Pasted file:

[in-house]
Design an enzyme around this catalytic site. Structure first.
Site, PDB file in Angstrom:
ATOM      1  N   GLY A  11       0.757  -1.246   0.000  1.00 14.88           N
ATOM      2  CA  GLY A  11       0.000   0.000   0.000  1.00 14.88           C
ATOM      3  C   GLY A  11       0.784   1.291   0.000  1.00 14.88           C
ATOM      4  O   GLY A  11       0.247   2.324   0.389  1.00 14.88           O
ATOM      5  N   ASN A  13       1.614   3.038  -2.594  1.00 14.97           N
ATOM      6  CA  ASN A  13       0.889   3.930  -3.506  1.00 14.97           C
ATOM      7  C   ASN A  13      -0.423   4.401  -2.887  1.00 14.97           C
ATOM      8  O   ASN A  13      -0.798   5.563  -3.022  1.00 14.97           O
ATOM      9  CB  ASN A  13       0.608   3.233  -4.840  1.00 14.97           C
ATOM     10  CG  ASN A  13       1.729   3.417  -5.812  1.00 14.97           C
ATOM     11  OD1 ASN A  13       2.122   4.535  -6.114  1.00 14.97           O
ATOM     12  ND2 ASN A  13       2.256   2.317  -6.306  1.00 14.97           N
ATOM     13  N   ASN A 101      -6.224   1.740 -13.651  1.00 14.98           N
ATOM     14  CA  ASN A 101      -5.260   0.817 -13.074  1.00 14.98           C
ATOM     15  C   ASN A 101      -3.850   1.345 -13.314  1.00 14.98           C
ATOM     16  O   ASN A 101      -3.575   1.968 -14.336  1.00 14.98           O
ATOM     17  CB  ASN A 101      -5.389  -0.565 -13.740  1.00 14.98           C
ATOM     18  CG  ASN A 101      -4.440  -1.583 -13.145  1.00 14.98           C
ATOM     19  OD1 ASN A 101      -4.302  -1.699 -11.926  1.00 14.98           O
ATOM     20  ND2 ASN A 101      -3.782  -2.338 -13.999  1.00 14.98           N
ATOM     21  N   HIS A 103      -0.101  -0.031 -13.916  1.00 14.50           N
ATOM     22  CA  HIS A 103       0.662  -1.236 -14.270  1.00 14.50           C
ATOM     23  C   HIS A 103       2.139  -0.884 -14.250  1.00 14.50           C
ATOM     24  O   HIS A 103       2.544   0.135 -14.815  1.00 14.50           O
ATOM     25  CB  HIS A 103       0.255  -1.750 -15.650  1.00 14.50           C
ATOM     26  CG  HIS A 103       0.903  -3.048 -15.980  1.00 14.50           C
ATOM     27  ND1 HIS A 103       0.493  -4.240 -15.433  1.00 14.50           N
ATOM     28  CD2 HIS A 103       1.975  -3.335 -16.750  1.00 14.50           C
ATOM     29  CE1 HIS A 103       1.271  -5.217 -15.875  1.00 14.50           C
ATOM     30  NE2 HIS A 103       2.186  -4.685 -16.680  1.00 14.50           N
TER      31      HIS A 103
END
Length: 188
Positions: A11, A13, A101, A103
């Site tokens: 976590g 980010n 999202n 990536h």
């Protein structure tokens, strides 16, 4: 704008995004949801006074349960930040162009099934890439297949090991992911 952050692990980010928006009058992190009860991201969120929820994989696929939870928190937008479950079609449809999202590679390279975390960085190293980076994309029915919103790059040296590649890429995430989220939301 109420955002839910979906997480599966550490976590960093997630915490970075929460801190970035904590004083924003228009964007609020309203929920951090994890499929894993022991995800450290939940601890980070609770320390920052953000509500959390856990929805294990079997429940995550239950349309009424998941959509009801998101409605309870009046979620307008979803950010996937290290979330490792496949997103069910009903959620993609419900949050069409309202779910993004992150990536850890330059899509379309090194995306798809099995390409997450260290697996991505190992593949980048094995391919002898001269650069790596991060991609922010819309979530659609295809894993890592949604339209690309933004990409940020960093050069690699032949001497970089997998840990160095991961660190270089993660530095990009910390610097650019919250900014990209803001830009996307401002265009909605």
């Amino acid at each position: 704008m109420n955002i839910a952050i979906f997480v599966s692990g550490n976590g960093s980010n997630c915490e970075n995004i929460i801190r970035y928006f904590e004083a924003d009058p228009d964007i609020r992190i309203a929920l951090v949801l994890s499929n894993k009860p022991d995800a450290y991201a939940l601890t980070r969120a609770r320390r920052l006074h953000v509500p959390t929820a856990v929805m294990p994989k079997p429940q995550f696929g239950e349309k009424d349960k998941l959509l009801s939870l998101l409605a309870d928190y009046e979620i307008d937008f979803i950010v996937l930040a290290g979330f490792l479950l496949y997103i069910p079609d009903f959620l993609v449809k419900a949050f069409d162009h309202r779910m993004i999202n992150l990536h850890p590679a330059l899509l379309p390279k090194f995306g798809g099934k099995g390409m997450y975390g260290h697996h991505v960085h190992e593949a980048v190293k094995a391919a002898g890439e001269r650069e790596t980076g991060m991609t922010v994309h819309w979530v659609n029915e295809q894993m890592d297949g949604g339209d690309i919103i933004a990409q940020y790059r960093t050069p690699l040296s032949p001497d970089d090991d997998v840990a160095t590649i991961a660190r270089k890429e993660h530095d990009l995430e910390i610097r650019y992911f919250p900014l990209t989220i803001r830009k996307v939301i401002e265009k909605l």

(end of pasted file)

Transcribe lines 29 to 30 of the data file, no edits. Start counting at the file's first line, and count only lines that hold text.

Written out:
ATOM     26  CG  HIS A 103       0.903  -3.048 -15.980  1.00 14.50           C
ATOM     27  ND1 HIS A 103       0.493  -4.240 -15.433  1.00 14.50           N